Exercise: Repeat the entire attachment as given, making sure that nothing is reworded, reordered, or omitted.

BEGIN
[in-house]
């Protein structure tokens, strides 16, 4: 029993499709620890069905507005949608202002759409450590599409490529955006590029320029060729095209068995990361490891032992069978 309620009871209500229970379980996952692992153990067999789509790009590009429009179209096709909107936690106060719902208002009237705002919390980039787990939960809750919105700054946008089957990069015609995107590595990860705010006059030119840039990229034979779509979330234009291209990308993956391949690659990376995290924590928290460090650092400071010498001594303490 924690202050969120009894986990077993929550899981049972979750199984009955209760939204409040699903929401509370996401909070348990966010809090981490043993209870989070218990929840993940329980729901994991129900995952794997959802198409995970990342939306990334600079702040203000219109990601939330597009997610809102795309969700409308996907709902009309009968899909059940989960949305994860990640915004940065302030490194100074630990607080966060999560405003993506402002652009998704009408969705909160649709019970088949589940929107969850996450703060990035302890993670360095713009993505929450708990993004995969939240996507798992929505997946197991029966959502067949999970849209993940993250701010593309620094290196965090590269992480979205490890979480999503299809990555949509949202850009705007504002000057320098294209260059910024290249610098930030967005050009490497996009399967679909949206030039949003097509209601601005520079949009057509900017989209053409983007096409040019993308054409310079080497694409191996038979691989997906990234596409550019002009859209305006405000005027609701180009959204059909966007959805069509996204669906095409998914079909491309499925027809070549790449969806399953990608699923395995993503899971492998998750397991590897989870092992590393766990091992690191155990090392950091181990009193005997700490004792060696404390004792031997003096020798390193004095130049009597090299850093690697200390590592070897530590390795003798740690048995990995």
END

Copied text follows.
[in-house]
């Protein structure tokens, strides 16, 4: 029993499709620890069905507005949608202002759409450590599409490529955006590029320029060729095209068995990361490891032992069978 309620009871209500229970379980996952692992153990067999789509790009590009429009179209096709909107936690106060719902208002009237705002919390980039787990939960809750919105700054946008089957990069015609995107590595990860705010006059030119840039990229034979779509979330234009291209990308993956391949690659990376995290924590928290460090650092400071010498001594303490 924690202050969120009894986990077993929550899981049972979750199984009955209760939204409040699903929401509370996401909070348990966010809090981490043993209870989070218990929840993940329980729901994991129900995952794997959802198409995970990342939306990334600079702040203000219109990601939330597009997610809102795309969700409308996907709902009309009968899909059940989960949305994860990640915004940065302030490194100074630990607080966060999560405003993506402002652009998704009408969705909160649709019970088949589940929107969850996450703060990035302890993670360095713009993505929450708990993004995969939240996507798992929505997946197991029966959502067949999970849209993940993250701010593309620094290196965090590269992480979205490890979480999503299809990555949509949202850009705007504002000057320098294209260059910024290249610098930030967005050009490497996009399967679909949206030039949003097509209601601005520079949009057509900017989209053409983007096409040019993308054409310079080497694409191996038979691989997906990234596409550019002009859209305006405000005027609701180009959204059909966007959805069509996204669906095409998914079909491309499925027809070549790449969806399953990608699923395995993503899971492998998750397991590897989870092992590393766990091992690191155990090392950091181990009193005997700490004792060696404390004792031997003096020798390193004095130049009597090299850093690697200390590592070897530590390795003798740690048995990995």